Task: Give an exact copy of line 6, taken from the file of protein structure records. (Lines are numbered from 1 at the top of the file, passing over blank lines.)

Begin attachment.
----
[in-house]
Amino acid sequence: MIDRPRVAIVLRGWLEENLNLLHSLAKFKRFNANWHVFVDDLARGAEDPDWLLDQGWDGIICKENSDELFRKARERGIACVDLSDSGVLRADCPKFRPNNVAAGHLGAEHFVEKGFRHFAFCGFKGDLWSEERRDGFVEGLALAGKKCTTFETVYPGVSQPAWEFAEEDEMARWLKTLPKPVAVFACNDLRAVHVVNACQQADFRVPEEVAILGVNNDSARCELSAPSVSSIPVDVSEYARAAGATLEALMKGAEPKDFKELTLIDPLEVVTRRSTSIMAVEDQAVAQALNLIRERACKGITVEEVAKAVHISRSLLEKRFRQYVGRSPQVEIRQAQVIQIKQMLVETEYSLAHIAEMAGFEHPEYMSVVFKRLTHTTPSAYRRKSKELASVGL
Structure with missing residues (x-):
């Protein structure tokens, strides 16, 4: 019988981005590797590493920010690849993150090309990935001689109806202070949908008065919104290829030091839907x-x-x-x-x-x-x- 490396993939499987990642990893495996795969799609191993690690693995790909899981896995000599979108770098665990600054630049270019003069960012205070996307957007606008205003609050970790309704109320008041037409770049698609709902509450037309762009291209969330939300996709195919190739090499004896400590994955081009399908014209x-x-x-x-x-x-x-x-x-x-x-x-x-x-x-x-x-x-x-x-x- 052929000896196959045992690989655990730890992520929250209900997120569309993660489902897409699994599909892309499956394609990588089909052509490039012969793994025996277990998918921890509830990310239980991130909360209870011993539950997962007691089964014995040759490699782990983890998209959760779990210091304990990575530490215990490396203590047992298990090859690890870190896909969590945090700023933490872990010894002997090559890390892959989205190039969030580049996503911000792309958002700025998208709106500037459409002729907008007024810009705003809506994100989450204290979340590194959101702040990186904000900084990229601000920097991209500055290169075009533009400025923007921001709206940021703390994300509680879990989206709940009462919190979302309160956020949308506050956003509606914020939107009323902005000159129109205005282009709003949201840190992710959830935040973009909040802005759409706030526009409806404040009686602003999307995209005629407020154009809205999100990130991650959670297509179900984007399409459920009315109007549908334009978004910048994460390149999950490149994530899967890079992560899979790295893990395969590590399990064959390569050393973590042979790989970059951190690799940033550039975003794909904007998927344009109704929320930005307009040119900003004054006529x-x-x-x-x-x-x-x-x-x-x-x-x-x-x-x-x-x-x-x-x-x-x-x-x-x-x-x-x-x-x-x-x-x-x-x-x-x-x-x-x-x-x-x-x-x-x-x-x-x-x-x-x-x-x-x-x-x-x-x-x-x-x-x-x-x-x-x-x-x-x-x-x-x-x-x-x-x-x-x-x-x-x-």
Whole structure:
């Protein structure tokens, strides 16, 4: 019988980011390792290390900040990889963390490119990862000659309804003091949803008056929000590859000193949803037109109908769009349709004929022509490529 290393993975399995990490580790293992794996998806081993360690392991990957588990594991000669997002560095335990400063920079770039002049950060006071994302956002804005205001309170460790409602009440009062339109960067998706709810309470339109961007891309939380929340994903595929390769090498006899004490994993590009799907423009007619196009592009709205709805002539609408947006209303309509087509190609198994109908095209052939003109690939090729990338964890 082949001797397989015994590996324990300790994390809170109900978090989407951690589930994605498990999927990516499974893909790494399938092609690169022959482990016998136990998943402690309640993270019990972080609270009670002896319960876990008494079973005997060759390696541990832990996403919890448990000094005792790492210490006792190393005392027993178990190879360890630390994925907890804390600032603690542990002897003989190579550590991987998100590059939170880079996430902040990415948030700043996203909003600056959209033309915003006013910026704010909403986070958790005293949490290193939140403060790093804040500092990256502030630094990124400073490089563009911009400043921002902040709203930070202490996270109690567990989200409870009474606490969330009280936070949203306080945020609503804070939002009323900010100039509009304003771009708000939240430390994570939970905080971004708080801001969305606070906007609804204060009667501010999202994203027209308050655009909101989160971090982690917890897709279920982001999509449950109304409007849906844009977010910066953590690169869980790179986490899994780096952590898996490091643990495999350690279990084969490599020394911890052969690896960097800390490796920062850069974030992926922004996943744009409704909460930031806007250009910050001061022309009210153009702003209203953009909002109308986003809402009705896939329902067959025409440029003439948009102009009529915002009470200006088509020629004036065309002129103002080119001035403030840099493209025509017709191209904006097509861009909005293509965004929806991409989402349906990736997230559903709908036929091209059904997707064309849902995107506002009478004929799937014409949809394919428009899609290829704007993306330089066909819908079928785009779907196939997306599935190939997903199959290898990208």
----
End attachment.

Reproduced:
């Protein structure tokens, strides 16, 4: 019988980011390792290390900040990889963390490119990862000659309804003091949803008056929000590859000193949803037109109908769009349709004929022509490529 290393993975399995990490580790293992794996998806081993360690392991990957588990594991000669997002560095335990400063920079770039002049950060006071994302956002804005205001309170460790409602009440009062339109960067998706709810309470339109961007891309939380929340994903595929390769090498006899004490994993590009799907423009007619196009592009709205709805002539609408947006209303309509087509190609198994109908095209052939003109690939090729990338964890 082949001797397989015994590996324990300790994390809170109900978090989407951690589930994605498990999927990516499974893909790494399938092609690169022959482990016998136990998943402690309640993270019990972080609270009670002896319960876990008494079973005997060759390696541990832990996403919890448990000094005792790492210490006792190393005392027993178990190879360890630390994925907890804390600032603690542990002897003989190579550590991987998100590059939170880079996430902040990415948030700043996203909003600056959209033309915003006013910026704010909403986070958790005293949490290193939140403060790093804040500092990256502030630094990124400073490089563009911009400043921002902040709203930070202490996270109690567990989200409870009474606490969330009280936070949203306080945020609503804070939002009323900010100039509009304003771009708000939240430390994570939970905080971004708080801001969305606070906007609804204060009667501010999202994203027209308050655009909101989160971090982690917890897709279920982001999509449950109304409007849906844009977010910066953590690169869980790179986490899994780096952590898996490091643990495999350690279990084969490599020394911890052969690896960097800390490796920062850069974030992926922004996943744009409704909460930031806007250009910050001061022309009210153009702003209203953009909002109308986003809402009705896939329902067959025409440029003439948009102009009529915002009470200006088509020629004036065309002129103002080119001035403030840099493209025509017709191209904006097509861009909005293509965004929806991409989402349906990736997230559903709908036929091209059904997707064309849902995107506002009478004929799937014409949809394919428009899609290829704007993306330089066909819908079928785009779907196939997306599935190939997903199959290898990208």